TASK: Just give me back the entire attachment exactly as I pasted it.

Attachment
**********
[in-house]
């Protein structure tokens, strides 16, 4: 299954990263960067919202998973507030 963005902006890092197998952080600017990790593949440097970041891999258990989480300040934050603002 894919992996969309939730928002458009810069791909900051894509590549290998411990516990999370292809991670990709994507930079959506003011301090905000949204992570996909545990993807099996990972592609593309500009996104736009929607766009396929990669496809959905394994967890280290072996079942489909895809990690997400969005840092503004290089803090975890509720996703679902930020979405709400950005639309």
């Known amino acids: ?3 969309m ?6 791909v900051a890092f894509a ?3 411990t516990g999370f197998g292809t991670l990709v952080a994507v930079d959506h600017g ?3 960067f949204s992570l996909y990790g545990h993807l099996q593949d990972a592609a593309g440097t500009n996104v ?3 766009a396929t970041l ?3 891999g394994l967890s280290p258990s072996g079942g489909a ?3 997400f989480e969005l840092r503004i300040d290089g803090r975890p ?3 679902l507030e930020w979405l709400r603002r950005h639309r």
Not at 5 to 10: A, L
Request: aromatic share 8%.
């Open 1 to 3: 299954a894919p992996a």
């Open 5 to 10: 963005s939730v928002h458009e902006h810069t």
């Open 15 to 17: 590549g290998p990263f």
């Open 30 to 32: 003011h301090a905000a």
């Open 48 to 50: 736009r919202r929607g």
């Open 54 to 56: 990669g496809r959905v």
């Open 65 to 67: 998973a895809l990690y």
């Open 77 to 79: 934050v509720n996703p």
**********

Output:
[in-house]
């Protein structure tokens, strides 16, 4: 299954990263960067919202998973507030 963005902006890092197998952080600017990790593949440097970041891999258990989480300040934050603002 894919992996969309939730928002458009810069791909900051894509590549290998411990516990999370292809991670990709994507930079959506003011301090905000949204992570996909545990993807099996990972592609593309500009996104736009929607766009396929990669496809959905394994967890280290072996079942489909895809990690997400969005840092503004290089803090975890509720996703679902930020979405709400950005639309």
């Known amino acids: ?3 969309m ?6 791909v900051a890092f894509a ?3 411990t516990g999370f197998g292809t991670l990709v952080a994507v930079d959506h600017g ?3 960067f949204s992570l996909y990790g545990h993807l099996q593949d990972a592609a593309g440097t500009n996104v ?3 766009a396929t970041l ?3 891999g394994l967890s280290p258990s072996g079942g489909a ?3 997400f989480e969005l840092r503004i300040d290089g803090r975890p ?3 679902l507030e930020w979405l709400r603002r950005h639309r």
Not at 5 to 10: A, L
Request: aromatic share 8%.
């Open 1 to 3: 299954a894919p992996a």
């Open 5 to 10: 963005s939730v928002h458009e902006h810069t």
């Open 15 to 17: 590549g290998p990263f």
């Open 30 to 32: 003011h301090a905000a």
């Open 48 to 50: 736009r919202r929607g």
């Open 54 to 56: 990669g496809r959905v």
């Open 65 to 67: 998973a895809l990690y």
């Open 77 to 79: 934050v509720n996703p």